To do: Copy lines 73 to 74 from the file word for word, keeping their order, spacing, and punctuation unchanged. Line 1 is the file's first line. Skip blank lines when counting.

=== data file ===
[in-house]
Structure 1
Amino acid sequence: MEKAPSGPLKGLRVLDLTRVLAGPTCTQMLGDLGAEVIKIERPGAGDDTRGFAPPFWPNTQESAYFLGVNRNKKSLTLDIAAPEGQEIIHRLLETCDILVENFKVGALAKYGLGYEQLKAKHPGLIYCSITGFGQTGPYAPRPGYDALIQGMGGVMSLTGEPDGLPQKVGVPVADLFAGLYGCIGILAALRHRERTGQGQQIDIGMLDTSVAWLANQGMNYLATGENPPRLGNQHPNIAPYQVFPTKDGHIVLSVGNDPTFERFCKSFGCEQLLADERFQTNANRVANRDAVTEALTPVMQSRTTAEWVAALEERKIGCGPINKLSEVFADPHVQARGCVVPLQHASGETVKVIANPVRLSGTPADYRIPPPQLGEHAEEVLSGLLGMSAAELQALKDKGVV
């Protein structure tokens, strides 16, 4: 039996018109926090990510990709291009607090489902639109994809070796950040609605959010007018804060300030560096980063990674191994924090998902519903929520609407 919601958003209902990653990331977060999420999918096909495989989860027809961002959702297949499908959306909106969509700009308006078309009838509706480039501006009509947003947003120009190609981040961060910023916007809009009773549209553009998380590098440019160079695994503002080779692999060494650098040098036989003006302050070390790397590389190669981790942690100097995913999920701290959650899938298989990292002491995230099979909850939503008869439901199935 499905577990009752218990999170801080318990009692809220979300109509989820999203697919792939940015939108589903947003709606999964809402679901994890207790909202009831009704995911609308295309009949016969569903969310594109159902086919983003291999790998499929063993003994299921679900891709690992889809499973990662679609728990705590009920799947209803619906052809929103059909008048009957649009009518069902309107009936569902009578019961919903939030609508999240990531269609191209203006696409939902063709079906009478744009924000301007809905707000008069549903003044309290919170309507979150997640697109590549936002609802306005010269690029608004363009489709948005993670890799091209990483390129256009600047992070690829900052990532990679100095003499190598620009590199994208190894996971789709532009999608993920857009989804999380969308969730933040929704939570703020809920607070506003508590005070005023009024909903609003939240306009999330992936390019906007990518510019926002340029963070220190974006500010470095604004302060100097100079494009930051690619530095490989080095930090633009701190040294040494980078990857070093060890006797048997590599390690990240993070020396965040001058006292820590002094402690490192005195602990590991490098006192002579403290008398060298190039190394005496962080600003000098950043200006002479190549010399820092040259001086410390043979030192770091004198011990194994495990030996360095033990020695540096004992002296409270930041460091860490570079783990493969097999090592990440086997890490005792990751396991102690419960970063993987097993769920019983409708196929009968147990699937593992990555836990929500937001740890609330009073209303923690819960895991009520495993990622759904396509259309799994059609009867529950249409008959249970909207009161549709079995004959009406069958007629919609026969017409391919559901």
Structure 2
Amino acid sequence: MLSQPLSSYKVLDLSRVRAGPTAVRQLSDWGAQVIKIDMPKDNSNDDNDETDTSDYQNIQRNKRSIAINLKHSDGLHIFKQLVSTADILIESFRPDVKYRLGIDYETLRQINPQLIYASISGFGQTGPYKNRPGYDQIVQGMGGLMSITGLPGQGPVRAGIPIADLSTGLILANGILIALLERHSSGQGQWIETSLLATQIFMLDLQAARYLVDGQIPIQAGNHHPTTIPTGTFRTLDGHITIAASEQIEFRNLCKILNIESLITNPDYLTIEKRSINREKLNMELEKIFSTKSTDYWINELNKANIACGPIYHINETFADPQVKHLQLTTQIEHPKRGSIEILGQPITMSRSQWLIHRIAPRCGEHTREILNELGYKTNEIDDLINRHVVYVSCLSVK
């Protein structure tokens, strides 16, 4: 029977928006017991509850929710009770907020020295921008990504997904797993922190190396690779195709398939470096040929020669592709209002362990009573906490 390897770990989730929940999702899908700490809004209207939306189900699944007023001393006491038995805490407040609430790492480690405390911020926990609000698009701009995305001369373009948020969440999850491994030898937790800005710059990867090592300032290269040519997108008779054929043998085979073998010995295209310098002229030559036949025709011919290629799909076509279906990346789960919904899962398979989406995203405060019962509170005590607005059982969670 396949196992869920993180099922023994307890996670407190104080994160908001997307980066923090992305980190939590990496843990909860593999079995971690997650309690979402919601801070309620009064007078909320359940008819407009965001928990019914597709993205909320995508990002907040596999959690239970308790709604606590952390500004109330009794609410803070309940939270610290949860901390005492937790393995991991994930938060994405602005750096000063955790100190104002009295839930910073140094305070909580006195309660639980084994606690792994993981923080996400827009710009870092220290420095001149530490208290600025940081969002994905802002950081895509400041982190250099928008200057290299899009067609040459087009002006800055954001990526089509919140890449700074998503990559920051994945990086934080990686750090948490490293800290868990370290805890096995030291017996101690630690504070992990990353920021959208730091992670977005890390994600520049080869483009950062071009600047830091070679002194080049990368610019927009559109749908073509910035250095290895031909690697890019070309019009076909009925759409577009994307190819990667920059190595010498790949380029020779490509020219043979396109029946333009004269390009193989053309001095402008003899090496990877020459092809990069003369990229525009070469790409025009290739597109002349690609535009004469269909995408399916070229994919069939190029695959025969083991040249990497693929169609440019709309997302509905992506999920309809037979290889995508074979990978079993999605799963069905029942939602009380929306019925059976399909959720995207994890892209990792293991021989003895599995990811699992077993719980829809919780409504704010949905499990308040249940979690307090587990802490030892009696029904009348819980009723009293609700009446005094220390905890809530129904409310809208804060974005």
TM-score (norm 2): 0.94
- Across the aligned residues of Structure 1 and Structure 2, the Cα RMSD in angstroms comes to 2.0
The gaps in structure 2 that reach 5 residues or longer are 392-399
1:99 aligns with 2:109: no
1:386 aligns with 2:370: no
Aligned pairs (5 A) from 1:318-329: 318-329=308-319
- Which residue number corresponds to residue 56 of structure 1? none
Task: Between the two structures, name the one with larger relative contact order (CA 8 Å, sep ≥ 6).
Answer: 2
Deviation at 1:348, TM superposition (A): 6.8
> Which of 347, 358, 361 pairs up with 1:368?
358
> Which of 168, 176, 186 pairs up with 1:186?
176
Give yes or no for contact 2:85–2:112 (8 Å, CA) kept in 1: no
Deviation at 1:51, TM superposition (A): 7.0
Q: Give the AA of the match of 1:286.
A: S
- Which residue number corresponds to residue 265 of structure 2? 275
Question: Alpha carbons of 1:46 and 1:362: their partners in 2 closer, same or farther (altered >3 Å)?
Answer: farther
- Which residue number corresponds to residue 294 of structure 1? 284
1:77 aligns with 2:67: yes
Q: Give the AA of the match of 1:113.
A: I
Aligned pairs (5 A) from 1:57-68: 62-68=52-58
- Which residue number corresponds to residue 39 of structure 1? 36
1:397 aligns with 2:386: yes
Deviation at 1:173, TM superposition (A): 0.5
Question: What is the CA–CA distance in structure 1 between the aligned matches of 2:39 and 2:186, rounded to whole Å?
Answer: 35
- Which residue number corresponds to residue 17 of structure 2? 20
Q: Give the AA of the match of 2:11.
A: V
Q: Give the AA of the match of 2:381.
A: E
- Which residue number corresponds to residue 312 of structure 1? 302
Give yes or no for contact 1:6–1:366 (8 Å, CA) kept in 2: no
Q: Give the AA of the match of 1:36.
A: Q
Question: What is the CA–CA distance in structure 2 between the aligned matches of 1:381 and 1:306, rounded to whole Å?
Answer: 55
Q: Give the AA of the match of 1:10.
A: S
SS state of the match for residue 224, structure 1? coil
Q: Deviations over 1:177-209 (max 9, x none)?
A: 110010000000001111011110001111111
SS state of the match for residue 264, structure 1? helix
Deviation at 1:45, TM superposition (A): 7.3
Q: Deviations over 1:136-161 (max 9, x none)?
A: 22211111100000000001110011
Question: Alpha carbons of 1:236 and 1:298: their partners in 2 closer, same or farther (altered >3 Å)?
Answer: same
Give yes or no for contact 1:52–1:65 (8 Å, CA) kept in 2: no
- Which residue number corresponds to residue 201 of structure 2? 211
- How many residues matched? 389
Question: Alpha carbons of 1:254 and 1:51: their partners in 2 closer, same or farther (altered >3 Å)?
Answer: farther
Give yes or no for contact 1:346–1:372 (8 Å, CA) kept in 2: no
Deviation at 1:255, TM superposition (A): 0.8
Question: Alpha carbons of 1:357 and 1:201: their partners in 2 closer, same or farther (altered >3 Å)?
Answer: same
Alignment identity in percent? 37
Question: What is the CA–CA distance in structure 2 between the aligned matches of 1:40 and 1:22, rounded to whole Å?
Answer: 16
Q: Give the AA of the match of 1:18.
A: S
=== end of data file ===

Q: Give the AA of the match of 1:18.
A: S